After 15 years in Patchogue Village, Thos. Cornell Galleries auction house and retail center is moving back to Main Street in Bellport.
That’s just one of many big changes in the local arts scene going on in Bellport Village, which one local appraiser said is fast becoming “the fine art and collectables capital of the South Shore.”
Cornell Galleries will be completely out of its 15,000-square-foot location at 76 West Main Street in Patchogue by the end of February, said co-owner Rosemary Cornell, who’s husband, Thomas, is a licensed and bonded New York City auctioneer and appraiser of home furnishings, furniture, antiques and art objects.
They will be moving to two buildings in Bellport: the former Brown’s car dealership immediately to the west of MVP Automotive and the old auto body shop that for a couple years was being used by the artist cooperative Auto Body (photo above).
Cornell said she and her husband weren’t quite sure yet which building would be used for retail.
The business was established in the 1990s and had actually operated out of the same former Brown’s building during that decade before moving to Patchogue in 2000, she said.
Without getting into details, Cornell said the gallery had to move from its current location, and Bellport was “close to home.”
Thos. Cornell deals in estate sales and buys and sells fine antiques, she said.
What else is happening in downtown Bellport?
• With Cornell coming in, Auto Body is out.
“However, we are still planning events and programming at different sites around Bellport for this upcoming summer,” said artist Georgia Read, on behalf of the group.
• Circa Something gallery is moving to Paper Cup Studio, which is closing.
Circa Something owner Robert H. Baker, a master appraiser of fine arts and antiques, said his lease in a storefront next to CVS was up and he wanted more space to display his fine artwork and sell merchandise, such as hand-crafted jewelry.
The business first moved to Bellport Village in 2008 from Westhampton Beach.
“It’s beyond being a gallery,” Baker said. “We have fun here. It’s like the ‘Cheers’ of the art world. Not that it’s all fun and games, There’s a lot of hard work involved in putting this stuff together and making something that is beautiful to see.”
The owner of the Paper Cup Studio building, LuAnn Thompson, said the studio was never meant to be permanent. (See her extended statement below.)
Prior coverage: Why this Bellport framer rescued an art studio
But she has freed up space for some of the art classes and other happenings at Paper Cup in her framing studio next store, Bellport Arts & Framing Studio.
• Bellport Wine & Spirits is moving to Gallery 125.
The liquor store near the corner of Station Road and Main Street is moving to a larger storefront to its immediate west — the actual corner — in the same building.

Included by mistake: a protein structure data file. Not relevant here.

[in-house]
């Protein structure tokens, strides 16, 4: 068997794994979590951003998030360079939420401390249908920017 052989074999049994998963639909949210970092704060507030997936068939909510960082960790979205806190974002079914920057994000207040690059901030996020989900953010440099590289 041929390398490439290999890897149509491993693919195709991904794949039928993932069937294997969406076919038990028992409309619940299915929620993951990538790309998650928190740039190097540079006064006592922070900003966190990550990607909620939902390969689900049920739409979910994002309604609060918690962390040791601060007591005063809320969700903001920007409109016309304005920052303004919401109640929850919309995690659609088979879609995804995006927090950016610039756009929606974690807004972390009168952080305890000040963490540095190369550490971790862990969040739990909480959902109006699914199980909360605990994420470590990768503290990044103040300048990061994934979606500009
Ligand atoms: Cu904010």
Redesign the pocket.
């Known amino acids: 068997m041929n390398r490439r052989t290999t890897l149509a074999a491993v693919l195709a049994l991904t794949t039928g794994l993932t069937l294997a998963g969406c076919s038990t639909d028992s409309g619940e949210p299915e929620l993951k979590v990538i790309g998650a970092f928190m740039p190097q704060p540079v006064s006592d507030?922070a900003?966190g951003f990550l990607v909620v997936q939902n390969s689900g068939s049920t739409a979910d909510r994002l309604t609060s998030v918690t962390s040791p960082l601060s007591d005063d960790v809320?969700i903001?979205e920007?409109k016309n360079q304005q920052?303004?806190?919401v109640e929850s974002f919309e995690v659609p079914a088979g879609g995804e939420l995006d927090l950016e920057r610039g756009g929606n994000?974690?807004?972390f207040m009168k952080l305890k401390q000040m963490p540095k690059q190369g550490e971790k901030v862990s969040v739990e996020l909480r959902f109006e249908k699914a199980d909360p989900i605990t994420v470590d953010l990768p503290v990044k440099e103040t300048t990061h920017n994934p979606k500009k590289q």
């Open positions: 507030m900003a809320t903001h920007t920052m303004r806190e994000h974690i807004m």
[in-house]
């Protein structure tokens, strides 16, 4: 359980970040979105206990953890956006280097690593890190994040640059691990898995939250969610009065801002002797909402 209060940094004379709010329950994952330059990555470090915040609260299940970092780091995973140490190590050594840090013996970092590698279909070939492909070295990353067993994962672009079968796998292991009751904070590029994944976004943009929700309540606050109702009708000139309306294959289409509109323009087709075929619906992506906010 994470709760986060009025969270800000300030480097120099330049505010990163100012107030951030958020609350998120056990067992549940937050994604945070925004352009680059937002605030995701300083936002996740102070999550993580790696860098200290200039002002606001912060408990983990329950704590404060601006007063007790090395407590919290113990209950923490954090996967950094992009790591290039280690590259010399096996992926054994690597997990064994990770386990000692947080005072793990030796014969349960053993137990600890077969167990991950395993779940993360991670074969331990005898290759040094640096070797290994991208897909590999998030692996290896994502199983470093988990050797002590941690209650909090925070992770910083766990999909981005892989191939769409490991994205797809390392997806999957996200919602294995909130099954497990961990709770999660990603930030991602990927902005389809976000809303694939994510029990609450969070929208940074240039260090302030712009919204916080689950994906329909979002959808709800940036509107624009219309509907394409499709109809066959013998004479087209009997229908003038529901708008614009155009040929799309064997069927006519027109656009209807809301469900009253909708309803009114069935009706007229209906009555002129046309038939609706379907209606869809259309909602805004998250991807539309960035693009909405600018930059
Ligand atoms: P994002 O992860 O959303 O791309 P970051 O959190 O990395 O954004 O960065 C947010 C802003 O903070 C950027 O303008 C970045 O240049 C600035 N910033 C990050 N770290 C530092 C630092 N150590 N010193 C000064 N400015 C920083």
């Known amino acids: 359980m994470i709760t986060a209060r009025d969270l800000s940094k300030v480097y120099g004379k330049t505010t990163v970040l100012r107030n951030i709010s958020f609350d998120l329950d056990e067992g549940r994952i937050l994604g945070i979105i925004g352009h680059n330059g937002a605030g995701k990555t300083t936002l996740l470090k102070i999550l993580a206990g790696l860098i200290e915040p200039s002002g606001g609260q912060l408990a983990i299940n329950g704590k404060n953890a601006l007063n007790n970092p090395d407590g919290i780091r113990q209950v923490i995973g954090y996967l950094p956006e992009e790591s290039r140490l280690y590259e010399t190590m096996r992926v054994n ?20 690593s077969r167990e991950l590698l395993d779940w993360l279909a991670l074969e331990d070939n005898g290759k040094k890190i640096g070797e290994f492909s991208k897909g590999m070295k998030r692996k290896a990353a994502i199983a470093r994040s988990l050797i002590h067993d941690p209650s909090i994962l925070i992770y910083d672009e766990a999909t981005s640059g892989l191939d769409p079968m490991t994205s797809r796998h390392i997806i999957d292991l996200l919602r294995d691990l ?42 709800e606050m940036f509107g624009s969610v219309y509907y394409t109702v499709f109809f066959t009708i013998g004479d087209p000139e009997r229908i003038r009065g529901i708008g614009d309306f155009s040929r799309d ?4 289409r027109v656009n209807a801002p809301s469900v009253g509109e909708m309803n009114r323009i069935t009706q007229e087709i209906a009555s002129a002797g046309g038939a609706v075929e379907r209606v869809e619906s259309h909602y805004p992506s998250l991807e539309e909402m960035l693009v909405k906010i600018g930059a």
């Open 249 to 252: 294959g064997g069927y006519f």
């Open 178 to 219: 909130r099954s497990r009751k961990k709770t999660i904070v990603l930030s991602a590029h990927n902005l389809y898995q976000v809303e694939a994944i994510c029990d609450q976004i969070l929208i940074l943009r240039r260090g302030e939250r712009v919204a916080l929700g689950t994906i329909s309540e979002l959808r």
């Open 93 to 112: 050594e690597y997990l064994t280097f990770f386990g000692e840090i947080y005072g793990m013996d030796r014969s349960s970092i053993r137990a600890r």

This is the current home of Gallery 125.
Gallery 125’s executive director, Thomas Schultz, said he’ll be shifting the focus of Gallery 125 to estate management of art collections — all in the building’s second and third floors.
The Pinajian Collection will be on permanent review by appoint only, he said.
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“The liquor store will be moving into the current gallery space and vacating their current space at 129 which will be avail for rent on Feb. 1,” Schultz said.
When asked about three art appraisers operating within a stone’s throw to one another, Schultz said the more art-minded businesses in Bellport Village, the better.
“I see Bellport as continuing its march at becoming the fine art and collectables capital of the South Shore,” he said. “The more galleries and artist studios, the better for our community.”
“I have seen an influx of collectors explore Bellport for acquisitions,” he added. “In my case they are seeking Pinajian, thus the reason I am now going to focus where the greatest success is: Pinajian.”
Photo: The two building that Thos. Cornell Galleries, currently of Patchogue, is moving into on the south side of Main Street in Bellport Village. (Credit: Michael White)
Statement from LuAnn Thompson on the closing of Paper Cup Studio:
The closing of “Paper Cup Studio” is a success because we set out as owners of a building in the village to not close another shop while looking for someone to take the space. A popup business perhaps with a lot of love!
I own the building but yet I am a business in the village, faced with an empty store across the street, and at the left and right of my business is no good for us! My husband, Jim, and I felt as the landlord and as a business in the village our responsibility was to make the empty space look the best it could, make it a business that might be also a gathering for Bellport.
It might have been a business that continued for however long it took for something better to come along. It was not meant to be a forever business but felt it might take a few years to find someone to take the space over. This is why we put a lot of money into the space to step it up.
I did hope perhaps a coffee shop would want the space and a few people that approached me looked at the space but were afraid to take that leap. Circa Something with Bob Baker and his daughter Amy have been an established business in the village and this was a win-win for us because knowing a business that will come into the space for a longer time period would help us out.
I have done business with Bob for years it is a business that will bring much more activity to a space that is special to me that I could never give the proper attention to.
Bellport Arts & Framing Studio is an extremely busy shop and I need to focus on my own business. We also will be taking a little of the Paper Cup Studio experience with us and will be incorporating classes and exhibits in our existing space.